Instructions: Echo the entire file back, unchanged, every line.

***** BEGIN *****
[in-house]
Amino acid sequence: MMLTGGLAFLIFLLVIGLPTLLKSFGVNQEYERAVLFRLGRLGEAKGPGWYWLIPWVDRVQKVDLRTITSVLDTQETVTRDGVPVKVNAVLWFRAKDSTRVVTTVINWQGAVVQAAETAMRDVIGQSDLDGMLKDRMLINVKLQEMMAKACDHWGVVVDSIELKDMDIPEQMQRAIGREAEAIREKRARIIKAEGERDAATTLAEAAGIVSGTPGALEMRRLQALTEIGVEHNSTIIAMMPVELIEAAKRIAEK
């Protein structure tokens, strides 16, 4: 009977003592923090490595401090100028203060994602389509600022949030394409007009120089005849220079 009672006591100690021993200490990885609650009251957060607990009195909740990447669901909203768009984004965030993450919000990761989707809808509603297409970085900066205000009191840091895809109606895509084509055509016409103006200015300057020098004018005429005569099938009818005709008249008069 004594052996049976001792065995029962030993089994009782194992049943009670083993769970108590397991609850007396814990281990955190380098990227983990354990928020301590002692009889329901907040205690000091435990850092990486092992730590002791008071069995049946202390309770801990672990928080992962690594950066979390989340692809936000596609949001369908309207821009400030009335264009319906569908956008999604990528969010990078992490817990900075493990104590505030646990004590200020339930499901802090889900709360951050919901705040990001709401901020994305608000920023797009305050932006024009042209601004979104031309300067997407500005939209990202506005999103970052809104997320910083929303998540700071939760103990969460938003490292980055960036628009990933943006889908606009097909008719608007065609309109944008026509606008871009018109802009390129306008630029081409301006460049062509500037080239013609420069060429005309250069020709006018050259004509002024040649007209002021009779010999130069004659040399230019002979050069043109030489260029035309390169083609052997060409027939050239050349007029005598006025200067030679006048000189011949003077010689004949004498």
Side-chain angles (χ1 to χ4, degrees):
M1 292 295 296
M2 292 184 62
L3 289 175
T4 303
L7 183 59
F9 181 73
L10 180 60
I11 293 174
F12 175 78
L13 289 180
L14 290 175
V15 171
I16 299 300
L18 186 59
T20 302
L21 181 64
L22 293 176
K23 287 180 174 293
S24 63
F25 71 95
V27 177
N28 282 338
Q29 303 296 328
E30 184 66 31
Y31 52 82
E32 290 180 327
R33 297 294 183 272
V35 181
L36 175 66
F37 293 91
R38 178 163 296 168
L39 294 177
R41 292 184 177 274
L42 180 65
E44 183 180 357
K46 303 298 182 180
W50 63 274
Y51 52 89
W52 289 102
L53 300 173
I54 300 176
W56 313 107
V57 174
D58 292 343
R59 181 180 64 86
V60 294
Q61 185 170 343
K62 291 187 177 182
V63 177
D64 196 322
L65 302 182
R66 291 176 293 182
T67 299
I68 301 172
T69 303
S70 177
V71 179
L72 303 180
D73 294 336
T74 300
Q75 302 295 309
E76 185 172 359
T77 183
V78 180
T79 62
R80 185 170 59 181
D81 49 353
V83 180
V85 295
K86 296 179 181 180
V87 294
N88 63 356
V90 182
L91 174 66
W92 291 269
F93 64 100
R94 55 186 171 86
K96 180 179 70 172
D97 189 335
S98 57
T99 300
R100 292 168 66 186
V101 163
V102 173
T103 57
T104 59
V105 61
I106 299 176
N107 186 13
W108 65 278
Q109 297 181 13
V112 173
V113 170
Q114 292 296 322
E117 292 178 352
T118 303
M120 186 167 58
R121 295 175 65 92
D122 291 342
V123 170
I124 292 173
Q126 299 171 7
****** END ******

[in-house]
Amino acid sequence: MMLTGGLAFLIFLLVIGLPTLLKSFGVNQEYERAVLFRLGRLGEAKGPGWYWLIPWVDRVQKVDLRTITSVLDTQETVTRDGVPVKVNAVLWFRAKDSTRVVTTVINWQGAVVQAAETAMRDVIGQSDLDGMLKDRMLINVKLQEMMAKACDHWGVVVDSIELKDMDIPEQMQRAIGREAEAIREKRARIIKAEGERDAATTLAEAAGIVSGTPGALEMRRLQALTEIGVEHNSTIIAMMPVELIEAAKRIAEK
């Protein structure tokens, strides 16, 4: 009977003592923090490595401090100028203060994602389509600022949030394409007009120089005849220079 009672006591100690021993200490990885609650009251957060607990009195909740990447669901909203768009984004965030993450919000990761989707809808509603297409970085900066205000009191840091895809109606895509084509055509016409103006200015300057020098004018005429005569099938009818005709008249008069 004594052996049976001792065995029962030993089994009782194992049943009670083993769970108590397991609850007396814990281990955190380098990227983990354990928020301590002692009889329901907040205690000091435990850092990486092992730590002791008071069995049946202390309770801990672990928080992962690594950066979390989340692809936000596609949001369908309207821009400030009335264009319906569908956008999604990528969010990078992490817990900075493990104590505030646990004590200020339930499901802090889900709360951050919901705040990001709401901020994305608000920023797009305050932006024009042209601004979104031309300067997407500005939209990202506005999103970052809104997320910083929303998540700071939760103990969460938003490292980055960036628009990933943006889908606009097909008719608007065609309109944008026509606008871009018109802009390129306008630029081409301006460049062509500037080239013609420069060429005309250069020709006018050259004509002024040649007209002021009779010999130069004659040399230019002979050069043109030489260029035309390169083609052997060409027939050239050349007029005598006025200067030679006048000189011949003077010689004949004498």
Side-chain angles (χ1 to χ4, degrees):
M1 292 295 296
M2 292 184 62
L3 289 175
T4 303
L7 183 59
F9 181 73
L10 180 60
I11 293 174
F12 175 78
L13 289 180
L14 290 175
V15 171
I16 299 300
L18 186 59
T20 302
L21 181 64
L22 293 176
K23 287 180 174 293
S24 63
F25 71 95
V27 177
N28 282 338
Q29 303 296 328
E30 184 66 31
Y31 52 82
E32 290 180 327
R33 297 294 183 272
V35 181
L36 175 66
F37 293 91
R38 178 163 296 168
L39 294 177
R41 292 184 177 274
L42 180 65
E44 183 180 357
K46 303 298 182 180
W50 63 274
Y51 52 89
W52 289 102
L53 300 173
I54 300 176
W56 313 107
V57 174
D58 292 343
R59 181 180 64 86
V60 294
Q61 185 170 343
K62 291 187 177 182
V63 177
D64 196 322
L65 302 182
R66 291 176 293 182
T67 299
I68 301 172
T69 303
S70 177
V71 179
L72 303 180
D73 294 336
T74 300
Q75 302 295 309
E76 185 172 359
T77 183
V78 180
T79 62
R80 185 170 59 181
D81 49 353
V83 180
V85 295
K86 296 179 181 180
V87 294
N88 63 356
V90 182
L91 174 66
W92 291 269
F93 64 100
R94 55 186 171 86
K96 180 179 70 172
D97 189 335
S98 57
T99 300
R100 292 168 66 186
V101 163
V102 173
T103 57
T104 59
V105 61
I106 299 176
N107 186 13
W108 65 278
Q109 297 181 13
V112 173
V113 170
Q114 292 296 322
E117 292 178 352
T118 303
M120 186 167 58
R121 295 175 65 92
D122 291 342
V123 170
I124 292 173
Q126 299 171 7